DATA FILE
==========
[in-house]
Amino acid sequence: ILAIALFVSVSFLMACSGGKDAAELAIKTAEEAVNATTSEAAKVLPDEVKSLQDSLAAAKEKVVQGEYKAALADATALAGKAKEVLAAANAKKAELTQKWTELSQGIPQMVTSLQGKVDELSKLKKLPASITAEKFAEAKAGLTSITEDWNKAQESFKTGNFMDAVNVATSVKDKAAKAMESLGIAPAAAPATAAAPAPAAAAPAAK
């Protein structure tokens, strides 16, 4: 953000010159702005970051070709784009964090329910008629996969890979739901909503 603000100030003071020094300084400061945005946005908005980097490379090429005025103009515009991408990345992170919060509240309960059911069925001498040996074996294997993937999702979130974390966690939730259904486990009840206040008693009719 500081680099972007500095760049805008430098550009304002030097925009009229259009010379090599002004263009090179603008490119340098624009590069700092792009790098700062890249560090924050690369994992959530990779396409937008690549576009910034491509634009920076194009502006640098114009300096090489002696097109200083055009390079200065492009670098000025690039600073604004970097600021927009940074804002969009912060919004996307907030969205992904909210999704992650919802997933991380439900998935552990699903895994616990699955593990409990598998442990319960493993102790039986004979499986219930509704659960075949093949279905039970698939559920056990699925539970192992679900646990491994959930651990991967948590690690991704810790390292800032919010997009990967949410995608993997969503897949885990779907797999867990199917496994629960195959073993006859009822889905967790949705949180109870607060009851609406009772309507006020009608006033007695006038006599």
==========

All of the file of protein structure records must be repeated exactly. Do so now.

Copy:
[in-house]
Amino acid sequence: ILAIALFVSVSFLMACSGGKDAAELAIKTAEEAVNATTSEAAKVLPDEVKSLQDSLAAAKEKVVQGEYKAALADATALAGKAKEVLAAANAKKAELTQKWTELSQGIPQMVTSLQGKVDELSKLKKLPASITAEKFAEAKAGLTSITEDWNKAQESFKTGNFMDAVNVATSVKDKAAKAMESLGIAPAAAPATAAAPAPAAAAPAAK
């Protein structure tokens, strides 16, 4: 953000010159702005970051070709784009964090329910008629996969890979739901909503 603000100030003071020094300084400061945005946005908005980097490379090429005025103009515009991408990345992170919060509240309960059911069925001498040996074996294997993937999702979130974390966690939730259904486990009840206040008693009719 500081680099972007500095760049805008430098550009304002030097925009009229259009010379090599002004263009090179603008490119340098624009590069700092792009790098700062890249560090924050690369994992959530990779396409937008690549576009910034491509634009920076194009502006640098114009300096090489002696097109200083055009390079200065492009670098000025690039600073604004970097600021927009940074804002969009912060919004996307907030969205992904909210999704992650919802997933991380439900998935552990699903895994616990699955593990409990598998442990319960493993102790039986004979499986219930509704659960075949093949279905039970698939559920056990699925539970192992679900646990491994959930651990991967948590690690991704810790390292800032919010997009990967949410995608993997969503897949885990779907797999867990199917496994629960195959073993006859009822889905967790949705949180109870607060009851609406009772309507006020009608006033007695006038006599």